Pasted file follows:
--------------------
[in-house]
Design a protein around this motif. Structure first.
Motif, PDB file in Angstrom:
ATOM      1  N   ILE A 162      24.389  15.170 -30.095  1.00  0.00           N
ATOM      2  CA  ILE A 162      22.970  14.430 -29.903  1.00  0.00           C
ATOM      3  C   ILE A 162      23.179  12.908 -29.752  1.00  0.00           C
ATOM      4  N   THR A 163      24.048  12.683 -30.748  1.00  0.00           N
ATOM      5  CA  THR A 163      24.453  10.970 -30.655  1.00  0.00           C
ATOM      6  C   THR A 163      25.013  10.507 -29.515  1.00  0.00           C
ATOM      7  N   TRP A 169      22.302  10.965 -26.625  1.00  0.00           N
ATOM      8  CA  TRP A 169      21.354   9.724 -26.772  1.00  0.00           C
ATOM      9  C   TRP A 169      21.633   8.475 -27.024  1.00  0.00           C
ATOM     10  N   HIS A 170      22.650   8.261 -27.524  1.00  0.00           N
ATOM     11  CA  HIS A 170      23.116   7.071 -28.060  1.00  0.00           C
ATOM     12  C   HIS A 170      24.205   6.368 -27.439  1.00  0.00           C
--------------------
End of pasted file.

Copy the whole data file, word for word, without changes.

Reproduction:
[in-house]
Design a protein around this motif. Structure first.
Motif, PDB file in Angstrom:
ATOM      1  N   ILE A 162      24.389  15.170 -30.095  1.00  0.00           N
ATOM      2  CA  ILE A 162      22.970  14.430 -29.903  1.00  0.00           C
ATOM      3  C   ILE A 162      23.179  12.908 -29.752  1.00  0.00           C
ATOM      4  N   THR A 163      24.048  12.683 -30.748  1.00  0.00           N
ATOM      5  CA  THR A 163      24.453  10.970 -30.655  1.00  0.00           C
ATOM      6  C   THR A 163      25.013  10.507 -29.515  1.00  0.00           C
ATOM      7  N   TRP A 169      22.302  10.965 -26.625  1.00  0.00           N
ATOM      8  CA  TRP A 169      21.354   9.724 -26.772  1.00  0.00           C
ATOM      9  C   TRP A 169      21.633   8.475 -27.024  1.00  0.00           C
ATOM     10  N   HIS A 170      22.650   8.261 -27.524  1.00  0.00           N
ATOM     11  CA  HIS A 170      23.116   7.071 -28.060  1.00  0.00           C
ATOM     12  C   HIS A 170      24.205   6.368 -27.439  1.00  0.00           C